The Scientist

» stem cells, ecology and microbiology

Most Recent

image: Protective Phages

Protective Phages

By | May 20, 2013

Viruses that attack bacteria may be an important component of our gut microbiota.

2 Comments

image: Week in Review, May 13–17

Week in Review, May 13–17

By | May 17, 2013

Reading pathogen epigenomes; a new stem cell; dealing with research misconduct; monkey fossils; exploratory mice grow new neurons; watching metamorphosis

0 Comments

image: Ladybird Bioterrorists

Ladybird Bioterrorists

By | May 16, 2013

The Asian harlequin ladybird carries a biological weapon to wipe out competing species.

4 Comments

image: Suing Over a Nobel

Suing Over a Nobel

By | May 16, 2013

The scientist who sued the Nobel committee is now suing Nobel winner Shinya Yamanaka.

36 Comments

image: New Stem Cells on the Block

New Stem Cells on the Block

By | May 15, 2013

By reprogramming human fibroblasts into pluripotent stem cells with somatic cell nuclear transfer, scientists have come up with a viable alternative to iPSCs.

7 Comments

image: Plants Communicate with Help of Fungi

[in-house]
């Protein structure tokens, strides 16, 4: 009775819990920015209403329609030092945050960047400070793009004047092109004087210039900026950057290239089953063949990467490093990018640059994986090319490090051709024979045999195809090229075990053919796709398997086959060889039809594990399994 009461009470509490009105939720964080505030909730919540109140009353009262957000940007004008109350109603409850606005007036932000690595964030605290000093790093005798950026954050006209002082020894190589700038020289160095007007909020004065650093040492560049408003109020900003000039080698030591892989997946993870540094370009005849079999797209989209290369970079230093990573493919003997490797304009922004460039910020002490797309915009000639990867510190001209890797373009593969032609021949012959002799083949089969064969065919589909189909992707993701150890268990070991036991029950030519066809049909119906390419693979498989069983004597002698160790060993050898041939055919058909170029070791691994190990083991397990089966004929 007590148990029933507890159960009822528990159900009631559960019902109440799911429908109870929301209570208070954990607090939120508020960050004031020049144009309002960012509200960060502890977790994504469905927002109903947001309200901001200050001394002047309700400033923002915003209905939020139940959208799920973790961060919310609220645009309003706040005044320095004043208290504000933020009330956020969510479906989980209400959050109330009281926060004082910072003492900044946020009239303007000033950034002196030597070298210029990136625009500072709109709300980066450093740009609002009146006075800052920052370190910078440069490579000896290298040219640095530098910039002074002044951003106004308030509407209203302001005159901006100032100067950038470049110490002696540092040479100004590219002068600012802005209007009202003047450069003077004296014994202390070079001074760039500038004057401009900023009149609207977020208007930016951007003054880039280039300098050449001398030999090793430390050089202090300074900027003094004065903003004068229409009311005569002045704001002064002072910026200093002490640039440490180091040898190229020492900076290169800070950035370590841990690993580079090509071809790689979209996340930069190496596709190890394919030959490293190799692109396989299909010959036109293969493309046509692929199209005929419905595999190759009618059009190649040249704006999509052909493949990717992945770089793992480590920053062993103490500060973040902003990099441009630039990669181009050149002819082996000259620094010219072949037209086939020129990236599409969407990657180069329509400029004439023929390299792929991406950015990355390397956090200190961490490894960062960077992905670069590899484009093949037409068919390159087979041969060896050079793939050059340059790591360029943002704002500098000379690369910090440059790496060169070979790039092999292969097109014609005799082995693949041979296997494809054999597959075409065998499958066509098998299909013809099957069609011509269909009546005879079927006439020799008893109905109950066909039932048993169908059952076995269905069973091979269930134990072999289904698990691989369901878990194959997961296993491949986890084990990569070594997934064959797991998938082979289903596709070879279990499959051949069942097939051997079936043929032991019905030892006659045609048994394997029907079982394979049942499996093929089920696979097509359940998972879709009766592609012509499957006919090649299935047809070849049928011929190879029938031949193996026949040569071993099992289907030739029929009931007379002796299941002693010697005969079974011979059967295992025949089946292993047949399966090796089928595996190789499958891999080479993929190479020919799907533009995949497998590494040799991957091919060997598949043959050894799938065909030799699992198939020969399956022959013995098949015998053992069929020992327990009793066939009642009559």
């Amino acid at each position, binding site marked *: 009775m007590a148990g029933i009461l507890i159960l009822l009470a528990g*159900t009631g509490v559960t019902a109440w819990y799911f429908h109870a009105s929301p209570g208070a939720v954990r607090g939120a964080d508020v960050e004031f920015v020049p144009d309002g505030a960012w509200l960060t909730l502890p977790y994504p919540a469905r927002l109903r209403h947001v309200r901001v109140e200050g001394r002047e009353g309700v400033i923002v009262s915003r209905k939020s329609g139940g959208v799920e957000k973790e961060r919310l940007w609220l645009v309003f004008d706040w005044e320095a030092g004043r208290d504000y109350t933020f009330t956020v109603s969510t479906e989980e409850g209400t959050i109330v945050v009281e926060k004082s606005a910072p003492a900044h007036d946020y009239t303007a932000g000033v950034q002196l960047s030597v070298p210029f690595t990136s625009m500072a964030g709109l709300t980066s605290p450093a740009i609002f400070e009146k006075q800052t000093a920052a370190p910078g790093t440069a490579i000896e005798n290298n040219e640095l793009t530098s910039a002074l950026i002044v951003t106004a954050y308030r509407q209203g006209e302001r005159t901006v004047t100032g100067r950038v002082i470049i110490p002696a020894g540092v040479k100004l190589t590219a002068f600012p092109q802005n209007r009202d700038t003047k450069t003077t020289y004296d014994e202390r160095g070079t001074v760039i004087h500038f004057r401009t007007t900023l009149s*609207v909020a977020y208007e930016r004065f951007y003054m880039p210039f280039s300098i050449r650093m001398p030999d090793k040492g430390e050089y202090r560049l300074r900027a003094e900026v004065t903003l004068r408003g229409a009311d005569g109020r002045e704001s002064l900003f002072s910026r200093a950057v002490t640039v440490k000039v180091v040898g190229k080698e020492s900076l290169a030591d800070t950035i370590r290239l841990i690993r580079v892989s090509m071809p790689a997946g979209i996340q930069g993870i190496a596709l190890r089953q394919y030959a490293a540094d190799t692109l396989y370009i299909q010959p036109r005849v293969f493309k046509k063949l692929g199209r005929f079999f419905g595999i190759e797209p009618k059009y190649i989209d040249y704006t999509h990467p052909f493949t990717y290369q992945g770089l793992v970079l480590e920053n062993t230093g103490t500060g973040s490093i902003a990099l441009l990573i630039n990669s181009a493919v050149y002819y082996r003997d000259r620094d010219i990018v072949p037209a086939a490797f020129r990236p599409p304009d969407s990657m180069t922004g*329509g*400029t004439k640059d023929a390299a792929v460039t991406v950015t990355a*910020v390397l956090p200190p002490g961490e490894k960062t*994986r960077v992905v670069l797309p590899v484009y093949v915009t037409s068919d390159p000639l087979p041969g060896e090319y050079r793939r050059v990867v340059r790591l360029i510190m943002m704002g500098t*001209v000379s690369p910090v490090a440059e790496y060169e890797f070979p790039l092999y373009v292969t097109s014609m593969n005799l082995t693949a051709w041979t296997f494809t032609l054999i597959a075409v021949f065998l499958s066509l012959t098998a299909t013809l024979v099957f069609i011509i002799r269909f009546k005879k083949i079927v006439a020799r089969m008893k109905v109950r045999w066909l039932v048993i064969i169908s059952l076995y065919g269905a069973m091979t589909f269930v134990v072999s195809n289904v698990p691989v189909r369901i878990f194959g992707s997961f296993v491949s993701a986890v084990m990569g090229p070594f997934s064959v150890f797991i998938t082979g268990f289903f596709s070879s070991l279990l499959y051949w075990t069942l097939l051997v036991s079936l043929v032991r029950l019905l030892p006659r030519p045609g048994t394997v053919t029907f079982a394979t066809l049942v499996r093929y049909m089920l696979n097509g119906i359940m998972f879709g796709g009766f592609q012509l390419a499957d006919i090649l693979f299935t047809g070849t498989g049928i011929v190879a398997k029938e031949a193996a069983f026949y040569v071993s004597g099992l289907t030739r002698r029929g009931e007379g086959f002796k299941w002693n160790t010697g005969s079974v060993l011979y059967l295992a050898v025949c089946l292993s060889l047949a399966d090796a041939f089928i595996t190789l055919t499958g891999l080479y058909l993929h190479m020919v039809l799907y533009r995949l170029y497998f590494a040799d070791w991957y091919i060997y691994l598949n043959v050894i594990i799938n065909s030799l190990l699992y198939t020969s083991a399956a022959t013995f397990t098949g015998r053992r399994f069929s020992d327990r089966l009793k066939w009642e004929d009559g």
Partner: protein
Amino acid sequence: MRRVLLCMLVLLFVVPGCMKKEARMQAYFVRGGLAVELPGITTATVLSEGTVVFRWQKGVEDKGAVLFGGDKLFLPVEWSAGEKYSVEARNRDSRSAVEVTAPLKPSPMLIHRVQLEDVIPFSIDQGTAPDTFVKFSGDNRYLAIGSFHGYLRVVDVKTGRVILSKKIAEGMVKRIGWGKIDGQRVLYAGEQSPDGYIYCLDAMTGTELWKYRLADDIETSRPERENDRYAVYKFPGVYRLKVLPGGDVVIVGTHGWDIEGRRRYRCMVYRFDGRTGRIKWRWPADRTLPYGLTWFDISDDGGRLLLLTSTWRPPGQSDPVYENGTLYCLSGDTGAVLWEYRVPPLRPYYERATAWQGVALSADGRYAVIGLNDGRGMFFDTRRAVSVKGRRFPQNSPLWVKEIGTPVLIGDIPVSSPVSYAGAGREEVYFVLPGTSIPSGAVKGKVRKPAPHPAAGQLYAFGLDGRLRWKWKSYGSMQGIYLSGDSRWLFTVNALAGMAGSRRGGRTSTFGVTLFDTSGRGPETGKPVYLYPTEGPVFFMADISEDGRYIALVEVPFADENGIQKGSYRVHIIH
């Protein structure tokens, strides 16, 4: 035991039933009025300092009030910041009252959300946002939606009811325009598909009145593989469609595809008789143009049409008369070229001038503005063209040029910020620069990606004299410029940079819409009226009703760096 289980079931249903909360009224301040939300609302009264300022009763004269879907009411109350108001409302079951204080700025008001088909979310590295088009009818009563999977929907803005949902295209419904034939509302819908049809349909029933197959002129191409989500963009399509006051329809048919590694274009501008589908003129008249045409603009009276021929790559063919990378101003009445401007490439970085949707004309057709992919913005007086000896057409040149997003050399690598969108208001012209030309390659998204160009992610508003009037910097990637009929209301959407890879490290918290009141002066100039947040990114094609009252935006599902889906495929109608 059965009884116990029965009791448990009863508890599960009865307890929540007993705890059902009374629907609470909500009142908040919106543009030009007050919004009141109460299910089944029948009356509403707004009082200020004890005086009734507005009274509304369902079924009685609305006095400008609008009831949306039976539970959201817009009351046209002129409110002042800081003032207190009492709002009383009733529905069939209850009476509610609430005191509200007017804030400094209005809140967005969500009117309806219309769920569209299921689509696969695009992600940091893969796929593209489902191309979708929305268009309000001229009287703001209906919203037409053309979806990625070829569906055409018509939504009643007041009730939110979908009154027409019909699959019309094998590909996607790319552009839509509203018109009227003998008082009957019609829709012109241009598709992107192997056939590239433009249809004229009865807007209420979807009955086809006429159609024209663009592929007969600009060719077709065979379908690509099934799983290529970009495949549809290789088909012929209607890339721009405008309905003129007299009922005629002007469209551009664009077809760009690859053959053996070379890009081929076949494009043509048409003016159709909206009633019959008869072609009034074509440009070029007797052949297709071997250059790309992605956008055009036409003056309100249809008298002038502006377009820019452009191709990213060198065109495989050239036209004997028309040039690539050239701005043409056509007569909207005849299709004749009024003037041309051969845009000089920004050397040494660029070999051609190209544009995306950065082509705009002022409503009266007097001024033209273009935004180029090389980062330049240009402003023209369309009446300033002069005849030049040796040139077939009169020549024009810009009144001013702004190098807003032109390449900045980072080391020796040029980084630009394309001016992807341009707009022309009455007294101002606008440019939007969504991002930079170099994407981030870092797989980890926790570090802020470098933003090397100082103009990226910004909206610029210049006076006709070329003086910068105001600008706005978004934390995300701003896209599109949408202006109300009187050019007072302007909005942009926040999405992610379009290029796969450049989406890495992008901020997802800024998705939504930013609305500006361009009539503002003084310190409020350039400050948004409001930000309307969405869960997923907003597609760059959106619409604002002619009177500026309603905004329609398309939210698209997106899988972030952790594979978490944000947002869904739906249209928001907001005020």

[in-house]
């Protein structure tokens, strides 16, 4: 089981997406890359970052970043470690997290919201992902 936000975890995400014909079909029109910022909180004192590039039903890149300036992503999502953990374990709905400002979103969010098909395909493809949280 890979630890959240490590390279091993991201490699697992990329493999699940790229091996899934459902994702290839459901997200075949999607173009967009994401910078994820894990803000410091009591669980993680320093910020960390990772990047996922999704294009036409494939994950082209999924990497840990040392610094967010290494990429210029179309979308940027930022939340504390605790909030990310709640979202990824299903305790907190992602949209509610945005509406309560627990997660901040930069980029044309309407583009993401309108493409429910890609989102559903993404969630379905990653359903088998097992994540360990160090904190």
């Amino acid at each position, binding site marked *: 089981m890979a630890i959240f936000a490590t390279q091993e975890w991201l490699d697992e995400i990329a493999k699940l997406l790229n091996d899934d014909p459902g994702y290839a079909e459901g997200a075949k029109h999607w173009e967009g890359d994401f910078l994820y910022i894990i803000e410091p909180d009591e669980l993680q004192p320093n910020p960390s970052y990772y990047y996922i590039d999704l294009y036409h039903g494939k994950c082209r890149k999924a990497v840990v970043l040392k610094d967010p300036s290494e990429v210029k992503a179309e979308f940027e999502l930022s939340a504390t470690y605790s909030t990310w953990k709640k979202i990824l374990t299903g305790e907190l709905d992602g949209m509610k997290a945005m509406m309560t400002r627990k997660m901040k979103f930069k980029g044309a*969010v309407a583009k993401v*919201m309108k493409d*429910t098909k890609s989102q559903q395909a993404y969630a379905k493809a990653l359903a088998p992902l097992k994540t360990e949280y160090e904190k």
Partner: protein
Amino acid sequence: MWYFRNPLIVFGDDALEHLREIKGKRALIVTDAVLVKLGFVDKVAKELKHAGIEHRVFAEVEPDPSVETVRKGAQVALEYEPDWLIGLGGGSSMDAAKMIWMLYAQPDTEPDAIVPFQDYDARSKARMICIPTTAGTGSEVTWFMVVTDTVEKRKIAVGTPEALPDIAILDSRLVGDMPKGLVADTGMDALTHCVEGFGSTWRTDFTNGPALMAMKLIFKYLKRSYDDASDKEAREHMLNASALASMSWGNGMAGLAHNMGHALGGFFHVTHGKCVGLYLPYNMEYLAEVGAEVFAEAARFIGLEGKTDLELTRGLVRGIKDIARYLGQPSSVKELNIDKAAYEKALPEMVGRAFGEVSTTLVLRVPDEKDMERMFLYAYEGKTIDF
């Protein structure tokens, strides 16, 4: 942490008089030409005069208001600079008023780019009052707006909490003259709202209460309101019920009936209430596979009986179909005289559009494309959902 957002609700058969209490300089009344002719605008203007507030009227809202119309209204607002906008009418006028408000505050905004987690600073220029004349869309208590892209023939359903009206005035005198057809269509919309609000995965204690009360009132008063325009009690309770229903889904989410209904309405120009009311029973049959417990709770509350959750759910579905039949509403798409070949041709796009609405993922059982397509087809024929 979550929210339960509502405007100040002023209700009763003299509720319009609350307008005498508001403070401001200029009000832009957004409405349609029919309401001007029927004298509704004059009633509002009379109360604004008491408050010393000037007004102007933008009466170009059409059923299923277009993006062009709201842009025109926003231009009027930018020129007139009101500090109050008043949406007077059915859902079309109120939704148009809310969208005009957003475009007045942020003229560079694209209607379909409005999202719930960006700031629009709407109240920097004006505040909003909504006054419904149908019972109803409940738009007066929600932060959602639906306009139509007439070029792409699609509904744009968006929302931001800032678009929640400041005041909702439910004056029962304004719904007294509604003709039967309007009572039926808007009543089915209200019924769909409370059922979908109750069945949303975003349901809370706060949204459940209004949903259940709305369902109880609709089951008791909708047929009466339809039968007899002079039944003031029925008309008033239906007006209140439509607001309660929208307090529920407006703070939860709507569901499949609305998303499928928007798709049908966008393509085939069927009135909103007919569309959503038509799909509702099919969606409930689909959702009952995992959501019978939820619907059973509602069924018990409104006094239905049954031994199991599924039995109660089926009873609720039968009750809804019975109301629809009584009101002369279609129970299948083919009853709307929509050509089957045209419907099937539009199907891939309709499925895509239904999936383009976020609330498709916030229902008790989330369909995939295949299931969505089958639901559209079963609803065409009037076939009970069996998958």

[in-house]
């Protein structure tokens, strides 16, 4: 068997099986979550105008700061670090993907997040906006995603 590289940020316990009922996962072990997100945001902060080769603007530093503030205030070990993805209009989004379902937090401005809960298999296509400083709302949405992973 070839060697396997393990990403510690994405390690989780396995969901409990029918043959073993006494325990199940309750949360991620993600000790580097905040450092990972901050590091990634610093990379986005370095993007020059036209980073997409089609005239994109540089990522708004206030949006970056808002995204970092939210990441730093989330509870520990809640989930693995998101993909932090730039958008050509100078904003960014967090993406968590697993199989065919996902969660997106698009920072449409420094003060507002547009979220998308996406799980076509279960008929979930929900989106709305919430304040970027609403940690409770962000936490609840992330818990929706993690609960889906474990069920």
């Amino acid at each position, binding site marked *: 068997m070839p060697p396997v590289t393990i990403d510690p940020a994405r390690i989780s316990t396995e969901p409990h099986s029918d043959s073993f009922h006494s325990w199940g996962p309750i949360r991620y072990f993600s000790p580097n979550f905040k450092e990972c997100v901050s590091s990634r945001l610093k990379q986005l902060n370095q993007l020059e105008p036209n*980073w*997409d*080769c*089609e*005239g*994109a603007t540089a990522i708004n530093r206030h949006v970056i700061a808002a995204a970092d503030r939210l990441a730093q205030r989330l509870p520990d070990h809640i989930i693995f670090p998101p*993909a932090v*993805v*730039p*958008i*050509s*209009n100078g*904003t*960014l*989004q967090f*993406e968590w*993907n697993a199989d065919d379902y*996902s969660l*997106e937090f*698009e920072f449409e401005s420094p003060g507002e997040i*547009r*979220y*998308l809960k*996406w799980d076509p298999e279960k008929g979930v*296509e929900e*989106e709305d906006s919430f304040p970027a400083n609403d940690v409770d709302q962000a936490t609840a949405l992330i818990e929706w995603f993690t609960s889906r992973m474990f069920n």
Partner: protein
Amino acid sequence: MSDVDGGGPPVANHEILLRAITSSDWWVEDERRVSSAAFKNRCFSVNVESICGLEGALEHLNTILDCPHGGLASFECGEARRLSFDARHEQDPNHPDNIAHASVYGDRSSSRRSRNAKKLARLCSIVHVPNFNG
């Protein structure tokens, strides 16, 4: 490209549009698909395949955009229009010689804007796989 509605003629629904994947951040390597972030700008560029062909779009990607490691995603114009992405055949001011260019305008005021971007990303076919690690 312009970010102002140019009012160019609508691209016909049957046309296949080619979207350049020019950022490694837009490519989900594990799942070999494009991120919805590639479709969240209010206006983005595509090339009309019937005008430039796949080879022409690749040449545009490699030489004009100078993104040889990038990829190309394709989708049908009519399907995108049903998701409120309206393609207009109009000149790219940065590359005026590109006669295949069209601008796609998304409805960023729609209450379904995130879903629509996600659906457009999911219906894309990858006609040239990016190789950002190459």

Plants Communicate with Help of Fungi

By | May 14, 2013

Symbiotic fungi on the roots of bean plants can act as an underground signaling network, transmitting early warnings of impending aphid attacks.  

1 Comment

image: Week in Review: May 6 – 10

Week in Review: May 6 – 10

By | May 10, 2013

Telomeres and disease; Wolbachia-infected mosquitoes may fight malaria; bat tongue mops nectar; newly sequenced genomes

0 Comments

image: Arctic Foxes Suffer from Seafood Diet

Arctic Foxes Suffer from Seafood Diet

By | May 9, 2013

The decline of a population of Arctic foxes isolated on a small Russian island may be due to mercury pollution from their diet of seabirds and seals.

0 Comments

image: Week in Review: April 29 – May 2

Week in Review: April 29 – May 2

By | May 3, 2013

The brain’s role in aging; tracking disease; understanding the new flu virus; no autism-Lyme link; one drug’s journey from bench to bedside

0 Comments

image: Toddler Gets Synthetic Windpipe

Toddler Gets Synthetic Windpipe

By | May 1, 2013

Doctors culture a custom-made trachea from plastic fibers and human cells, and successfully implant it into a child who was born without the organ.

2 Comments

Popular Now

  1. Next Generation: Nanotube Scaffolds Reconnect Spinal Neurons
  2. Mapping the Human Connectome
    Daily News Mapping the Human Connectome

    A new map of human cortex combines data from multiple imaging modalities and comprises 180 distinct regions.

  3. Will Organs-in-a-Dish Ever Replace Animal Models?
  4. Your Office Has a Distinct Microbiome
RayBiotech